Memorandum of Conversation, by the Assistant Chief of the Division of Near Eastern Affairs (Ailing)
|The Greek Minister
The Greek Minister called today and confirmed the information which had been furnished by Mr. Condouriotis, as outlined in the attached memorandum of today’s date.72 The Minister stated specifically that it was positively not his understanding that the naval training planes recently offered to the Greek Government fulfilled the commitment made last November when the Minister was promised thirty modern planes. He said that this point had come up during his conversation at the Treasury and that he had made it perfectly clear that he could not regard the offer of training planes as fulfilling the commitment which had been made in regard to modern planes. He went on to say that at his request the Treasury Department had prepared a memorandum outlining its recent offer and in that memorandum it was quite clear that the training planes were not offered in lieu of the fighting planes. He said he would be very glad to furnish the Department with a copy of this memorandum if we had any difficulty in obtaining a copy from the Treasury Department.
The Minister asked as to the present status of the proposal made by the British Government for a solution of this question by furnishing Mohawk planes direct to the Greek Government from supplies in [Page 681] Egypt and having them replaced by thirty Tomahawk planes to be shipped to Basra by an American vessel. Mr. Murray explained that we had recently been informed by the British Chargé d’Affaires that this proposal should be considered as in abeyance. The Minister seemed greatly surprised at this and expressed the view that he would immediately convey the information to his Government. Mr. Murray suggested, however, that this might not be necessary, or at any rate the report might be delayed until we had explored the situation further. The Minister then reviewed the whole sequence of events and stressed the fact that what his Government wanted and needed first and foremost was fighting planes to prosecute the military operations against Italy, and that, although training planes might be useful, they could not in any case be considered as a satisfactory substitute for fighting aircraft.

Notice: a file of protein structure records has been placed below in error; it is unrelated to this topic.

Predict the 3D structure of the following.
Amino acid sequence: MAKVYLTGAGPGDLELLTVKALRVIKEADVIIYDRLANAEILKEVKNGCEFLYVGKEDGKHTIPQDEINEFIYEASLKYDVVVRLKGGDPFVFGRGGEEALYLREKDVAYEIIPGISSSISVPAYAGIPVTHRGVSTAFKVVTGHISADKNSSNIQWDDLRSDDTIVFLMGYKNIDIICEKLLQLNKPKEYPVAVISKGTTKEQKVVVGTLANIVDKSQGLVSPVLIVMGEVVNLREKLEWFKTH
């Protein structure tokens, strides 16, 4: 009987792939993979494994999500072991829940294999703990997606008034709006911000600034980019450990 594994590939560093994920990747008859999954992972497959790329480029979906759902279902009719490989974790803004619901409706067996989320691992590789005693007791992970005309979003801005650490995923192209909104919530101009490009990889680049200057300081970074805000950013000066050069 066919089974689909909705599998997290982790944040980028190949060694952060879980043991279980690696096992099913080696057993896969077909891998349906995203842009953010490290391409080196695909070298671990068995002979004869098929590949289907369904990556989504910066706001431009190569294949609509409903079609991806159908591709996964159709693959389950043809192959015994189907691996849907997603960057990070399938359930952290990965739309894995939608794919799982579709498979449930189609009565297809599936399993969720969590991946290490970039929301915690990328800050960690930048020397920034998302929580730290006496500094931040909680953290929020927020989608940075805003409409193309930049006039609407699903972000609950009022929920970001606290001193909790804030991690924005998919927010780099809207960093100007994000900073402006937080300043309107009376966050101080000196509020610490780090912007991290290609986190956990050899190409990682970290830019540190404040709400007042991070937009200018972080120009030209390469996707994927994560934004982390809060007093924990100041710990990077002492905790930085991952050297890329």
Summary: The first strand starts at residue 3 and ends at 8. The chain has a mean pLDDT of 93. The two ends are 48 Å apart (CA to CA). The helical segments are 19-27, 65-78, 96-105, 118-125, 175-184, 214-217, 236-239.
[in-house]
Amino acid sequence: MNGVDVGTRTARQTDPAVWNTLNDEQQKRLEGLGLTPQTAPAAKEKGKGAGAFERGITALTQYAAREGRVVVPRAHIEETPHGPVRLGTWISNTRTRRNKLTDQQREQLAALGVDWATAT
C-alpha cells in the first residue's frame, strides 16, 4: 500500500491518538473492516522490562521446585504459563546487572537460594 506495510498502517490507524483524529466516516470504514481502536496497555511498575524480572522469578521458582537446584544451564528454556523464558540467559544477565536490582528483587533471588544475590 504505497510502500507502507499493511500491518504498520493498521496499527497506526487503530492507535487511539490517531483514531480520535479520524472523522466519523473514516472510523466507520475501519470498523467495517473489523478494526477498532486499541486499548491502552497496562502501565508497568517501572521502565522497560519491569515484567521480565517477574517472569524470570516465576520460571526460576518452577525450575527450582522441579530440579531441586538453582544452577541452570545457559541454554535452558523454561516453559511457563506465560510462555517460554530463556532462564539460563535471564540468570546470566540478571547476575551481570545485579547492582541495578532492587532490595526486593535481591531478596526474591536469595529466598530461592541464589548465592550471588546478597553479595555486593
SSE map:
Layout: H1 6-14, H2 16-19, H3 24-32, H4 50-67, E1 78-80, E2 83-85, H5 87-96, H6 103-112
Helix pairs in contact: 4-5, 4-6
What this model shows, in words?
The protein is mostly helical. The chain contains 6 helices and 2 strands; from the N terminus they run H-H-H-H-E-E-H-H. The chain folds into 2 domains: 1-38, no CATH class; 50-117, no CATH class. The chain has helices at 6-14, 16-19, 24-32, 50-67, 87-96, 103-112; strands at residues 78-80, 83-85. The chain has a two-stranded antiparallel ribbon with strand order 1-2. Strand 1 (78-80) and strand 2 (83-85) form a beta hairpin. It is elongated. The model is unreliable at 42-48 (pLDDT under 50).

I conveyed the foregoing information to Mr. Williams in the Treasury Department, who said that he was not aware of any memorandum prepared in the Treasury Department which answered the description given by the Greek Minister. He said, however, that he would make inquiries and would let us know what he found out. I told him that if such a memorandum existed we should be interested in having a copy for our files, but that if the Treasury was unable to furnish us a copy we could of course obtain one from the Greek Legation.